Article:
#FutureArchitectFriday: Imani Dixon
Hi readers! It’s #FutureArchitectFriday. A day to celebrate those pushing themselves to becoming licensed architects.
I graduated with my Master of Architecture in 2017 from University of Cincinnati. I received my Bachelor of Science in Architecture in 2014 from Bowling Green State University.
How would you describe your experience as a Black Architecture student?
My experience as not only a black architecture student, but also as a woman, and the experience of this intersection, was challenging. Because there weren’t many other black architecture students in my classes, my peers didn’t share the same experiences that I did. I think more attention needs to be paid to the psychological effect of Eurocentricism in architecture education and more broadly, American education in general, for students of color. That, on top of the struggles with being a woman and trying to make sure my voice was heard was a difficult balance. I felt like I was constantly struggling to find my identity in the architecture education that I was receiving. It was easy to feel alone at times. I think what really changed was when I studied abroad in Haiti to redesign a primary school that was destroyed in the earthquake. I knew that I would want to be able to do work like that one day and just being there and getting acquainted with the culture and Haitian people made me feel so proud; it’s as if that’s what I had been looking for within the profession up until that point. Consequently, in grad school I began to take interest in more sociological- and politically-themed courses, like Architecture + Humanitarian Design, Architecture + Politics, Gender & Space, just to name a few. Having the ability to talk through these topics from my own perspective and read and react to this information was what would actually keep me going throughout my academic career.
Why do you want to get your license?
Licensure to me gives one a level of independence, whether working for yourself or for a company. The title “Architect” comes with an expectation of expertise in your field and this is what I want; no more explaining what “Architectural Designer” means and why I cannot call myself an Architect yet. The architecture industry is also in need of more black women who are licensed; the percentage of licensed black women architects is .03% of total architects in the country (a statistic many of us are familiar with). Right now there are just around 450 licensed black women architects so we need more! Also on a less serious note, my family and friends who don’t know about the process call me an architect anyway; I might as well seal the deal!
Honestly, my biggest influence comes from peers and/or friends I know or work with in the same industry. There’s a really healthy balance of learning from and teaching them what I know so that we can grow together. They typically motivate me more than anyone else because I can truly experience in real time what it’s like to see a person become successful and really build their own brand as a professional. Another inspiration is the youth that I’ve had the pleasure of mentoring through ACE Mentorship Program and Project Pipeline Design Build, an initiative of the Illinois Chapter of NOMA. They have really given me reassurance that although I’m at the beginning of my career I’ve done a lot of work to get to where I am and deserve to be here! They’re so passionate and have so much energy for their future success and it’s contagious. Of course, my parents need to be mentioned– there are qualities I get from both of them that aid me greatly in what I do now, like my mother’s patience and emotional intelligence, and my father’s creativity and passion.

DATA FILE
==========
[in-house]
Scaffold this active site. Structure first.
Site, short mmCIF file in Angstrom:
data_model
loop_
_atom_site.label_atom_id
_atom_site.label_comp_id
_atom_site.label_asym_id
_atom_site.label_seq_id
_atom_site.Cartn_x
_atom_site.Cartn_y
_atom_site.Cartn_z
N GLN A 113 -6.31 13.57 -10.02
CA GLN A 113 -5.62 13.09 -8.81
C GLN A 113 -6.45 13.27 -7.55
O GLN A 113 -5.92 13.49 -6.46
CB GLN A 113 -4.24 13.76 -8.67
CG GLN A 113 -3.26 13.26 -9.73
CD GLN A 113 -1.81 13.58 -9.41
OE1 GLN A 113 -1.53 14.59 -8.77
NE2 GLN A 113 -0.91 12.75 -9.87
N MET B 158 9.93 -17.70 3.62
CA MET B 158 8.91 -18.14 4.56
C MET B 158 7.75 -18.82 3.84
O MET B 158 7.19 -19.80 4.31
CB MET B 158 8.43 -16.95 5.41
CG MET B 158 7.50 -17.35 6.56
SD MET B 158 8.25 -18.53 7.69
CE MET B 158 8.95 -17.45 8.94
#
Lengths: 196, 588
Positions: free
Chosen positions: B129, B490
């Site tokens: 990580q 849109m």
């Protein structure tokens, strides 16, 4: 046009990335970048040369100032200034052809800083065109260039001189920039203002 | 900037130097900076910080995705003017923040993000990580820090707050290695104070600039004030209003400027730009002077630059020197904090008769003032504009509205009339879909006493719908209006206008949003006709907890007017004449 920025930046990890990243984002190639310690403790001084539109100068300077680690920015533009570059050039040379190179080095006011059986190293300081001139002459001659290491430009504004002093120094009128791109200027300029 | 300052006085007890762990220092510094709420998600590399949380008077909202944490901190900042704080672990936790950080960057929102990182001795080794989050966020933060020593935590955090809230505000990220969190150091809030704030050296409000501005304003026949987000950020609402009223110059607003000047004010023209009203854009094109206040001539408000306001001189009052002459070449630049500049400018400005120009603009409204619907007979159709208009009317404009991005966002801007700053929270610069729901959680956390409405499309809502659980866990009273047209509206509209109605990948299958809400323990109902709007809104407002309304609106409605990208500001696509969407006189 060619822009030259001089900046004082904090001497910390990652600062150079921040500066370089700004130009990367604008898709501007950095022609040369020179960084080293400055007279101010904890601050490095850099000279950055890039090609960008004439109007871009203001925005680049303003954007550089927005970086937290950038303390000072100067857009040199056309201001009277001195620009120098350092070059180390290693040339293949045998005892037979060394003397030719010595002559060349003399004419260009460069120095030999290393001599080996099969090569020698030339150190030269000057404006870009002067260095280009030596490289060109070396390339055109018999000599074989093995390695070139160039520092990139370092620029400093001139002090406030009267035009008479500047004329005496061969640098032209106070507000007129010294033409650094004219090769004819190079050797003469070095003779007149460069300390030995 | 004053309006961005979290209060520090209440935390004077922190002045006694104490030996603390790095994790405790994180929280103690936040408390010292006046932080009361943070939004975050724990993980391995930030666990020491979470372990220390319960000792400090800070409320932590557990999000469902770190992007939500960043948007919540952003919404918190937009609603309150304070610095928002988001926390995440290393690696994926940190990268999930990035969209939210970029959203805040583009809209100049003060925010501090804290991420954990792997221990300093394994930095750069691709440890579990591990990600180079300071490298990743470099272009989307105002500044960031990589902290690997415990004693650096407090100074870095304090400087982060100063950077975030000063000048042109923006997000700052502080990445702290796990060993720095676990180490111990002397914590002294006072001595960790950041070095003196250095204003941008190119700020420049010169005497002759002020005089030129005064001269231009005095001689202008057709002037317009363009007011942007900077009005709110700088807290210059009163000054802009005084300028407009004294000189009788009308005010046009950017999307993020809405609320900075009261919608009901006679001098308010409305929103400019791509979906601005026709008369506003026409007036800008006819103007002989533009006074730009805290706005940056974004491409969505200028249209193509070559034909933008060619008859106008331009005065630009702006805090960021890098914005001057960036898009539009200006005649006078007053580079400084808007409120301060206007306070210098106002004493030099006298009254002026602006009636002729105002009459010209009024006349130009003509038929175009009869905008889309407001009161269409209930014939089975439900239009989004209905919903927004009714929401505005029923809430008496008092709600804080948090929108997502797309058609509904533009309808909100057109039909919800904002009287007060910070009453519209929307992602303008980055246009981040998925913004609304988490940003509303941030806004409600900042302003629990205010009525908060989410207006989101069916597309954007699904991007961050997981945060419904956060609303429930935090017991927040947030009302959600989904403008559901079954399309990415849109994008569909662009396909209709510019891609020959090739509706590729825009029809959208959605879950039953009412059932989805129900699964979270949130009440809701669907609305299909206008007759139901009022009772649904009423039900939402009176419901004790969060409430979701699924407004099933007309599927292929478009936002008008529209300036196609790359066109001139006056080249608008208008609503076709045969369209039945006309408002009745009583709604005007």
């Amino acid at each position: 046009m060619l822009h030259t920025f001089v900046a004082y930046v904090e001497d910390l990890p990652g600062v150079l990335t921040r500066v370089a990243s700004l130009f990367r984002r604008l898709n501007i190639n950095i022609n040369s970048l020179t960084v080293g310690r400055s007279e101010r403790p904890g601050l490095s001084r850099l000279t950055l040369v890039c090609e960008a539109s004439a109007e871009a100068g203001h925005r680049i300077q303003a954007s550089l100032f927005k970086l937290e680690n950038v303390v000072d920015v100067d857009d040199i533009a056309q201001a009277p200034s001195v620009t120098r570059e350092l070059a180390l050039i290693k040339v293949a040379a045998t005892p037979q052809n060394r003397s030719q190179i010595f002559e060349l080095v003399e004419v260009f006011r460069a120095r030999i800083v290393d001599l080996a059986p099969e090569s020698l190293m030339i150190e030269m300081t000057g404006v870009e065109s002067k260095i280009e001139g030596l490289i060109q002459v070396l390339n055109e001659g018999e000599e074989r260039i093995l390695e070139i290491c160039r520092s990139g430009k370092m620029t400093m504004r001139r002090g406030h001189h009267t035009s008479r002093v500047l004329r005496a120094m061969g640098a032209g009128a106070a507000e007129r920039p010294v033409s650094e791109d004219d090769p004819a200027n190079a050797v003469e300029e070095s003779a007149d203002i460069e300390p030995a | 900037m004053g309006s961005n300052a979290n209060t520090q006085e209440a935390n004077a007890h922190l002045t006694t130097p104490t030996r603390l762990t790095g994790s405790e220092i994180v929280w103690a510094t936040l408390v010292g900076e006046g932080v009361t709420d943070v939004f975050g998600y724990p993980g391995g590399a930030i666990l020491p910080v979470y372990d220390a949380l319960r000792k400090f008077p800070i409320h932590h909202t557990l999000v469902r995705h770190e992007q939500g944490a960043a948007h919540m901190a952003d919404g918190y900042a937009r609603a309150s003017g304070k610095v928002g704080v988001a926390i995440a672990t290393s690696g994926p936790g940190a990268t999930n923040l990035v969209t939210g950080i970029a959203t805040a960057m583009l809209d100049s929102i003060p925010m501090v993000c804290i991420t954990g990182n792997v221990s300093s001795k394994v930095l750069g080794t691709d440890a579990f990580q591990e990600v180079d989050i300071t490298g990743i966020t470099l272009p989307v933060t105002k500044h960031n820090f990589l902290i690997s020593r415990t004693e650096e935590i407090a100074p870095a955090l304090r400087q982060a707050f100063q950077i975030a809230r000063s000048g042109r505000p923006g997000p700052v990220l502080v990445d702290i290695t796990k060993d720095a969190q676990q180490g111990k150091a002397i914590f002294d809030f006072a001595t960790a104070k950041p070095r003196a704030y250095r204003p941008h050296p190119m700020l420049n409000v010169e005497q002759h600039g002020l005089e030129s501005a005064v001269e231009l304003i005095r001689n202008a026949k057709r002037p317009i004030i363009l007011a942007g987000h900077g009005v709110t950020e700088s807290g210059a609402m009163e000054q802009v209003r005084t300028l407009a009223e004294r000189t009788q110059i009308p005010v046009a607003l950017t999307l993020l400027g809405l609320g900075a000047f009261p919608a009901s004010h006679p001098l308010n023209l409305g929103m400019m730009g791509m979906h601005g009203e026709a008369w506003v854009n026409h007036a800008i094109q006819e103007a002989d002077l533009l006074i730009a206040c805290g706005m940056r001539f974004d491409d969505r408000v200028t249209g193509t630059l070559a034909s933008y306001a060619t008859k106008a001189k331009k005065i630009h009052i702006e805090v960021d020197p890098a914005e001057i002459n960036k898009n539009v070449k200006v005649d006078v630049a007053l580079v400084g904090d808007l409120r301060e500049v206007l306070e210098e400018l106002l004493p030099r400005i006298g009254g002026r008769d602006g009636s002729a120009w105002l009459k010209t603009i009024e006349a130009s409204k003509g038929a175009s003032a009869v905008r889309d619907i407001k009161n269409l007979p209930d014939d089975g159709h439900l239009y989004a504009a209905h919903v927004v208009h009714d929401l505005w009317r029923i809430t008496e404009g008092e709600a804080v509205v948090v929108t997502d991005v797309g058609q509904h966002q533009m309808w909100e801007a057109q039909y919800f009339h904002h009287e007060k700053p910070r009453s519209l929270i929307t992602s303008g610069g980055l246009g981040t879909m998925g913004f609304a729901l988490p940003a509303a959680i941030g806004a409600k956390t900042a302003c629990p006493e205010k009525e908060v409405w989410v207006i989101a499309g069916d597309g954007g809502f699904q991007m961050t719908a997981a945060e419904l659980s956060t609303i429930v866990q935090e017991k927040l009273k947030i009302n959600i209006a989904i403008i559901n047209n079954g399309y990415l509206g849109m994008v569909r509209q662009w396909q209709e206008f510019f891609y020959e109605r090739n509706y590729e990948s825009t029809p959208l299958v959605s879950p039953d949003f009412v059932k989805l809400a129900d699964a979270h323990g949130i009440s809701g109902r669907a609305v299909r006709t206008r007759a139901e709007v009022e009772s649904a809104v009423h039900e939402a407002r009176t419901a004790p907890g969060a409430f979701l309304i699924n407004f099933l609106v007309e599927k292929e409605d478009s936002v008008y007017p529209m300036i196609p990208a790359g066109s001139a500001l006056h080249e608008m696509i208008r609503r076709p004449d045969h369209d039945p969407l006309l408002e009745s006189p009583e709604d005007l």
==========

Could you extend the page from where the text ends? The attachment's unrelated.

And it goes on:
How important is representation?
I cannot stress enough how important representation is! Representation has been a recurring theme for me personally throughout my career. I’m from a small town in Ohio and my desire for representation is what has actually led me to doing internships in larger cities searching for a place where I feel black people, black women and other minorities are well represented in this industry. Being in close proximity to others like myself who have more experience and have been through all of this makes me feel empowered. Not to mention having peers with similar experience that can relate to your every day struggles and mobility towards success is also a major benefit.
“When you get these jobs that you have been so brilliantly trained for, just remember that your real job is that if you are free, you need to free somebody else. If you have some power, then your job is to empower somebody else.” – Toni Morrison